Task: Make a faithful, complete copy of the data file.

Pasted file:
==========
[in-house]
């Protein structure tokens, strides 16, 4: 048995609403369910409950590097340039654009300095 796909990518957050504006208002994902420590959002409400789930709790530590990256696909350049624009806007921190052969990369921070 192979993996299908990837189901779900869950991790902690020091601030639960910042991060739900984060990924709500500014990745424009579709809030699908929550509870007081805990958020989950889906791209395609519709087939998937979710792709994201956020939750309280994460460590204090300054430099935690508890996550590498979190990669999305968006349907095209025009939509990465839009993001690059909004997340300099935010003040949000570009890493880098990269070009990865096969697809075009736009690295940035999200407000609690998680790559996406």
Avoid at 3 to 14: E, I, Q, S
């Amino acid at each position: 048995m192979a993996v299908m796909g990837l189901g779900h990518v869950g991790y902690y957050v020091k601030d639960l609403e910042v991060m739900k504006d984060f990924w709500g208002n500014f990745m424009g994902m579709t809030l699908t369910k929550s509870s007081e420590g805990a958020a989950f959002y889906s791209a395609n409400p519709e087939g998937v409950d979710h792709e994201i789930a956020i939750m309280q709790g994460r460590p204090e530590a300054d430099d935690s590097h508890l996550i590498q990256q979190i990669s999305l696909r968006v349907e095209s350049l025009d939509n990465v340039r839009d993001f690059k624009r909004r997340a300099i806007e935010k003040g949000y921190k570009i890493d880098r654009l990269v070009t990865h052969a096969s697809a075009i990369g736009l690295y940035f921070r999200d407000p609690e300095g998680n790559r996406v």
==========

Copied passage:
[in-house]
């Protein structure tokens, strides 16, 4: 048995609403369910409950590097340039654009300095 796909990518957050504006208002994902420590959002409400789930709790530590990256696909350049624009806007921190052969990369921070 192979993996299908990837189901779900869950991790902690020091601030639960910042991060739900984060990924709500500014990745424009579709809030699908929550509870007081805990958020989950889906791209395609519709087939998937979710792709994201956020939750309280994460460590204090300054430099935690508890996550590498979190990669999305968006349907095209025009939509990465839009993001690059909004997340300099935010003040949000570009890493880098990269070009990865096969697809075009736009690295940035999200407000609690998680790559996406």
Avoid at 3 to 14: E, I, Q, S
């Amino acid at each position: 048995m192979a993996v299908m796909g990837l189901g779900h990518v869950g991790y902690y957050v020091k601030d639960l609403e910042v991060m739900k504006d984060f990924w709500g208002n500014f990745m424009g994902m579709t809030l699908t369910k929550s509870s007081e420590g805990a958020a989950f959002y889906s791209a395609n409400p519709e087939g998937v409950d979710h792709e994201i789930a956020i939750m309280q709790g994460r460590p204090e530590a300054d430099d935690s590097h508890l996550i590498q990256q979190i990669s999305l696909r968006v349907e095209s350049l025009d939509n990465v340039r839009d993001f690059k624009r909004r997340a300099i806007e935010k003040g949000y921190k570009i890493d880098r654009l990269v070009t990865h052969a096969s697809a075009i990369g736009l690295y940035f921070r999200d407000p609690e300095g998680n790559r996406v």